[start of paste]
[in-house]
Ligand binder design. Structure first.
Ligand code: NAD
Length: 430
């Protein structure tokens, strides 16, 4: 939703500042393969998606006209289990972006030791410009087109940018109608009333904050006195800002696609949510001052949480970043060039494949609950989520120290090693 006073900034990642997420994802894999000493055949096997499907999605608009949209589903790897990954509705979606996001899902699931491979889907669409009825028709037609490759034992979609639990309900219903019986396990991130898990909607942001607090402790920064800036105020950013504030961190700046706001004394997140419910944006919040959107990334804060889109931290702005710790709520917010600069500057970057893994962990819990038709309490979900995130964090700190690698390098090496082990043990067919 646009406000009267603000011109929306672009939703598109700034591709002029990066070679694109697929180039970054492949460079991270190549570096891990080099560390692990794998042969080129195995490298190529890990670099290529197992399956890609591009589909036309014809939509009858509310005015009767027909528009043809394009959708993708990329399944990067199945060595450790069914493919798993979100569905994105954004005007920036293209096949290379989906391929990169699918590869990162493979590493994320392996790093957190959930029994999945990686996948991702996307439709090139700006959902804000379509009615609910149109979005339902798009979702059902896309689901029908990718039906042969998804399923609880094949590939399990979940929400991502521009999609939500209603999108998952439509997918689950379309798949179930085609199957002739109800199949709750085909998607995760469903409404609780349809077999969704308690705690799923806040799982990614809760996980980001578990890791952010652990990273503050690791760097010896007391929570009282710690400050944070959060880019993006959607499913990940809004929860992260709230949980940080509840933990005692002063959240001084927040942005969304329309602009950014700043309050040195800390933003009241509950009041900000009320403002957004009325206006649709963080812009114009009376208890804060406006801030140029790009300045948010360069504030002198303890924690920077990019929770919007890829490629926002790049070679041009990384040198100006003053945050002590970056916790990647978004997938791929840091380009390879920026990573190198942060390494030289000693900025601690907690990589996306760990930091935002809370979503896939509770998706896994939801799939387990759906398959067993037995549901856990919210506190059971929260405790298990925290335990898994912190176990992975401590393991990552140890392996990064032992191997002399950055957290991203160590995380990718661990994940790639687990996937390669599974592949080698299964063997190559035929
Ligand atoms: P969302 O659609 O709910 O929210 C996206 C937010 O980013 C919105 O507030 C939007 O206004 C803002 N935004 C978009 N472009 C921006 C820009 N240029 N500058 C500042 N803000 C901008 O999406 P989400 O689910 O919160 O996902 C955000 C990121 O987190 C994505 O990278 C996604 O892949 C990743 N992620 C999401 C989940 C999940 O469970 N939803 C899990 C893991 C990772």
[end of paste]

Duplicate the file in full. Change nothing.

[in-house]
Ligand binder design. Structure first.
Ligand code: NAD
Length: 430
């Protein structure tokens, strides 16, 4: 939703500042393969998606006209289990972006030791410009087109940018109608009333904050006195800002696609949510001052949480970043060039494949609950989520120290090693 006073900034990642997420994802894999000493055949096997499907999605608009949209589903790897990954509705979606996001899902699931491979889907669409009825028709037609490759034992979609639990309900219903019986396990991130898990909607942001607090402790920064800036105020950013504030961190700046706001004394997140419910944006919040959107990334804060889109931290702005710790709520917010600069500057970057893994962990819990038709309490979900995130964090700190690698390098090496082990043990067919 646009406000009267603000011109929306672009939703598109700034591709002029990066070679694109697929180039970054492949460079991270190549570096891990080099560390692990794998042969080129195995490298190529890990670099290529197992399956890609591009589909036309014809939509009858509310005015009767027909528009043809394009959708993708990329399944990067199945060595450790069914493919798993979100569905994105954004005007920036293209096949290379989906391929990169699918590869990162493979590493994320392996790093957190959930029994999945990686996948991702996307439709090139700006959902804000379509009615609910149109979005339902798009979702059902896309689901029908990718039906042969998804399923609880094949590939399990979940929400991502521009999609939500209603999108998952439509997918689950379309798949179930085609199957002739109800199949709750085909998607995760469903409404609780349809077999969704308690705690799923806040799982990614809760996980980001578990890791952010652990990273503050690791760097010896007391929570009282710690400050944070959060880019993006959607499913990940809004929860992260709230949980940080509840933990005692002063959240001084927040942005969304329309602009950014700043309050040195800390933003009241509950009041900000009320403002957004009325206006649709963080812009114009009376208890804060406006801030140029790009300045948010360069504030002198303890924690920077990019929770919007890829490629926002790049070679041009990384040198100006003053945050002590970056916790990647978004997938791929840091380009390879920026990573190198942060390494030289000693900025601690907690990589996306760990930091935002809370979503896939509770998706896994939801799939387990759906398959067993037995549901856990919210506190059971929260405790298990925290335990898994912190176990992975401590393991990552140890392996990064032992191997002399950055957290991203160590995380990718661990994940790639687990996937390669599974592949080698299964063997190559035929
Ligand atoms: P969302 O659609 O709910 O929210 C996206 C937010 O980013 C919105 O507030 C939007 O206004 C803002 N935004 C978009 N472009 C921006 C820009 N240029 N500058 C500042 N803000 C901008 O999406 P989400 O689910 O919160 O996902 C955000 C990121 O987190 C994505 O990278 C996604 O892949 C990743 N992620 C999401 C989940 C999940 O469970 N939803 C899990 C893991 C990772």